The kivaloo data store
Kivaloo (pronounced "kee-va-lieu") is a collection of utilities which together form a data store associating keys of up to 255 bytes with values of up to 255 bytes. It was designed to satisfy the needs of the Tarsnap online backup service for high-performance key-value storage, although it is not yet being used for that purpose.
At present, kivaloo comprises a block store (lbs) providing log-structured storage within a local filesystem; a key-value store (kvlds) which manages a log-structured B+Tree and services requests upon it from a single connection; and a request multiplexer (mux) which accepts multiple connections and routes requests and responses to and from a single "upstream" connection.
It is likely that other components will be added in the future to add more features (e.g., replication) or provide alternatives (e.g., other forms of underlying storage).
Kivaloo has some features which distinguish it from most other "nosql" data stores:
- Kivaloo is durable: Writes are not acknowledged until data has been fsynced to disk. (The lbs utility supports a "data loss mode" which skips fsyncing for debugging purposes.)
- Kivaloo is strongly consistent: If operation A completes before operation B starts, operation B will see the results of operation A.
- Unlike most data stores based on log-structured storage, the kvlds utility performs background cleaning based on the I/O rate and the amount of disk space used; thus there is no need to for separate periodic "compaction" to be performed.
- Due to the use of a B+Tree to store key-value pairs, kivaloo supports "RANGE" requests.
On an EC2 c1.medium instance using ephemeral-disk storage, with a 2 kB B+Tree page size and 40-byte keys and 40-byte values:
- Bulk inserts run at about 125,000 pairs per second.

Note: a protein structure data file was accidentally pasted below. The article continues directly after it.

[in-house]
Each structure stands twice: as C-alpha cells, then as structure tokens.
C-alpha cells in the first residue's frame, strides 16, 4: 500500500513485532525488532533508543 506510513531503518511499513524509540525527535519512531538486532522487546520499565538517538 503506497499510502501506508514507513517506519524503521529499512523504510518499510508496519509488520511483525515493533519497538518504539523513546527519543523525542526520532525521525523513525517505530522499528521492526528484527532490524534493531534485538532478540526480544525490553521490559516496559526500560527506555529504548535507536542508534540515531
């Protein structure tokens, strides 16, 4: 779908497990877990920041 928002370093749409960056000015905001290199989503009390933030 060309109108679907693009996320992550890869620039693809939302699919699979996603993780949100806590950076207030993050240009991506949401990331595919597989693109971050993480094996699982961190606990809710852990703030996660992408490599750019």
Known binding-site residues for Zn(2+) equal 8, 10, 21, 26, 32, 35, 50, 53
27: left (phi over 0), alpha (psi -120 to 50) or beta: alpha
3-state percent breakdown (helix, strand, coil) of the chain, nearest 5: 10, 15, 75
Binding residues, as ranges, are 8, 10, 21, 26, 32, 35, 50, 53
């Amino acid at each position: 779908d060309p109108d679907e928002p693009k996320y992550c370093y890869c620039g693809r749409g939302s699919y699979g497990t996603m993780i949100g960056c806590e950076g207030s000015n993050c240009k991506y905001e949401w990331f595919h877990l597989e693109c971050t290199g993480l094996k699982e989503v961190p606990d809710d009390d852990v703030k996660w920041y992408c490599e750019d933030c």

- Bulk extracts run at about 30,000 pairs per second while in RAM, and about 20,000 pairs per second from disk.
- Bulk updates run at about 110,000 pairs per second while in RAM, drop to about 75,000 pairs per second while pages are in the operating system disk cache, and then to 60,000 pairs per second when the keys being updated need to be loaded from disk.
- Random reads run at about 160,000 to 220,000 pairs per second while in RAM, drop to about 6,000 to 11,000 pairs per second while pages are in the operating system disk cache, and are disk-seek-limited when pages need to be loaded from disk.
- Random mixed (50% read, 50% update) runs at about 14,000 to 30,000 pairs per second while in RAM, drops to around 1,000 to 4,000 pairs per second while in the operating system disk cache, and is disk-seek-limited when pages need to be loaded from disk.
- Hot-spot read (pick a random set of 65536 consecutive keys, read them in a random order, and repeat — this is similar to one of Tarsnap's read access patterns) runs at about 220,000 pairs per second while in RAM, and about 60,000 pairs per second from disk.
For more details, see the kivaloo performance page.
The following versions of kivaloo are available:
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The kivaloo data store is discussed on the email@example.com mailing list.